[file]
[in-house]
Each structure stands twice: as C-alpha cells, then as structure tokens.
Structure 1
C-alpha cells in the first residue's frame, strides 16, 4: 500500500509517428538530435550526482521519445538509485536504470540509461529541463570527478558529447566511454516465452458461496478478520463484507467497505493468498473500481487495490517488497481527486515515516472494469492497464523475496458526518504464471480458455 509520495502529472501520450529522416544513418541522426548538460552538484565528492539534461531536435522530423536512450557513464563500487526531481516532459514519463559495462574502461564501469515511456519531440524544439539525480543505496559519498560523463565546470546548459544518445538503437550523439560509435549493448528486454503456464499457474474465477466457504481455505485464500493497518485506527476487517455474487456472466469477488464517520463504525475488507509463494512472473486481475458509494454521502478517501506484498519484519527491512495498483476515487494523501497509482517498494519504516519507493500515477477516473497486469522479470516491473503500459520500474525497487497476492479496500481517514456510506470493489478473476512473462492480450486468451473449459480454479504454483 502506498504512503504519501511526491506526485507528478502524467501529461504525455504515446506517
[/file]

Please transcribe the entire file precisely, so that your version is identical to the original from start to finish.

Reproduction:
[in-house]
Each structure stands twice: as C-alpha cells, then as structure tokens.
Structure 1
C-alpha cells in the first residue's frame, strides 16, 4: 500500500509517428538530435550526482521519445538509485536504470540509461529541463570527478558529447566511454516465452458461496478478520463484507467497505493468498473500481487495490517488497481527486515515516472494469492497464523475496458526518504464471480458455 509520495502529472501520450529522416544513418541522426548538460552538484565528492539534461531536435522530423536512450557513464563500487526531481516532459514519463559495462574502461564501469515511456519531440524544439539525480543505496559519498560523463565546470546548459544518445538503437550523439560509435549493448528486454503456464499457474474465477466457504481455505485464500493497518485506527476487517455474487456472466469477488464517520463504525475488507509463494512472473486481475458509494454521502478517501506484498519484519527491512495498483476515487494523501497509482517498494519504516519507493500515477477516473497486469522479470516491473503500459520500474525497487497476492479496500481517514456510506470493489478473476512473462492480450486468451473449459480454479504454483 502506498504512503504519501511526491506526485507528478502524467501529461504525455504515446506517